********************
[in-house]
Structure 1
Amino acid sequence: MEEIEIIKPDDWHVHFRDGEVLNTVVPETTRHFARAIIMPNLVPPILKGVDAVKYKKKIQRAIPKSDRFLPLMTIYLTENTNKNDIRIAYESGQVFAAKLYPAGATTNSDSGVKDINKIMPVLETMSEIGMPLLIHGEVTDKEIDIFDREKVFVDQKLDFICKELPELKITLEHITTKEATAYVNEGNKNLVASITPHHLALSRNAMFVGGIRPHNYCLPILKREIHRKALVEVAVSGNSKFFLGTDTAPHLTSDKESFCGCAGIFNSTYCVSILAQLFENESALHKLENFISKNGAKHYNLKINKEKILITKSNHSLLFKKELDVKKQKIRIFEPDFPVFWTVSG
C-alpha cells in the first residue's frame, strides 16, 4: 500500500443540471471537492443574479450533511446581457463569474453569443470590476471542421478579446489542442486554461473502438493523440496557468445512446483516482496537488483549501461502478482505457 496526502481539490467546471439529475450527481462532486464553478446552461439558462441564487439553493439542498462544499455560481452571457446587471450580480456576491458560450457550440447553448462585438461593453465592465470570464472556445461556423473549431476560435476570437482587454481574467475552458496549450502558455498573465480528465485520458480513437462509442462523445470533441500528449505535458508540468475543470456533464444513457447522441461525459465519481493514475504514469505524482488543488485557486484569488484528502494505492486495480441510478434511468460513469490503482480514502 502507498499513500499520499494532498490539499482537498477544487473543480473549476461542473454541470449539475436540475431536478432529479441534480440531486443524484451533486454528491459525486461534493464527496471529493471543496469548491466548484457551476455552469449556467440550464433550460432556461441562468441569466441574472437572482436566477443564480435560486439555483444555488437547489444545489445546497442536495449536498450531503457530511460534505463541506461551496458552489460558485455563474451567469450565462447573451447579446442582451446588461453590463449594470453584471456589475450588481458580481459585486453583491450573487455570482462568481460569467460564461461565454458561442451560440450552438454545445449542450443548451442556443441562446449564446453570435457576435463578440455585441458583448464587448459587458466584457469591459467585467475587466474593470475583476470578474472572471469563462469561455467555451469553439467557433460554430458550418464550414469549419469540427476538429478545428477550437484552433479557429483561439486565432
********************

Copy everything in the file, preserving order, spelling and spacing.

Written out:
[in-house]
Structure 1
Amino acid sequence: MEEIEIIKPDDWHVHFRDGEVLNTVVPETTRHFARAIIMPNLVPPILKGVDAVKYKKKIQRAIPKSDRFLPLMTIYLTENTNKNDIRIAYESGQVFAAKLYPAGATTNSDSGVKDINKIMPVLETMSEIGMPLLIHGEVTDKEIDIFDREKVFVDQKLDFICKELPELKITLEHITTKEATAYVNEGNKNLVASITPHHLALSRNAMFVGGIRPHNYCLPILKREIHRKALVEVAVSGNSKFFLGTDTAPHLTSDKESFCGCAGIFNSTYCVSILAQLFENESALHKLENFISKNGAKHYNLKINKEKILITKSNHSLLFKKELDVKKQKIRIFEPDFPVFWTVSG
C-alpha cells in the first residue's frame, strides 16, 4: 500500500443540471471537492443574479450533511446581457463569474453569443470590476471542421478579446489542442486554461473502438493523440496557468445512446483516482496537488483549501461502478482505457 496526502481539490467546471439529475450527481462532486464553478446552461439558462441564487439553493439542498462544499455560481452571457446587471450580480456576491458560450457550440447553448462585438461593453465592465470570464472556445461556423473549431476560435476570437482587454481574467475552458496549450502558455498573465480528465485520458480513437462509442462523445470533441500528449505535458508540468475543470456533464444513457447522441461525459465519481493514475504514469505524482488543488485557486484569488484528502494505492486495480441510478434511468460513469490503482480514502 502507498499513500499520499494532498490539499482537498477544487473543480473549476461542473454541470449539475436540475431536478432529479441534480440531486443524484451533486454528491459525486461534493464527496471529493471543496469548491466548484457551476455552469449556467440550464433550460432556461441562468441569466441574472437572482436566477443564480435560486439555483444555488437547489444545489445546497442536495449536498450531503457530511460534505463541506461551496458552489460558485455563474451567469450565462447573451447579446442582451446588461453590463449594470453584471456589475450588481458580481459585486453583491450573487455570482462568481460569467460564461461565454458561442451560440450552438454545445449542450443548451442556443441562446449564446453570435457576435463578440455585441458583448464587448459587458466584457469591459467585467475587466474593470475583476470578474472572471469563462469561455467555451469553439467557433460554430458550418464550414469549419469540427476538429478545428477550437484552433479557429483561439486565432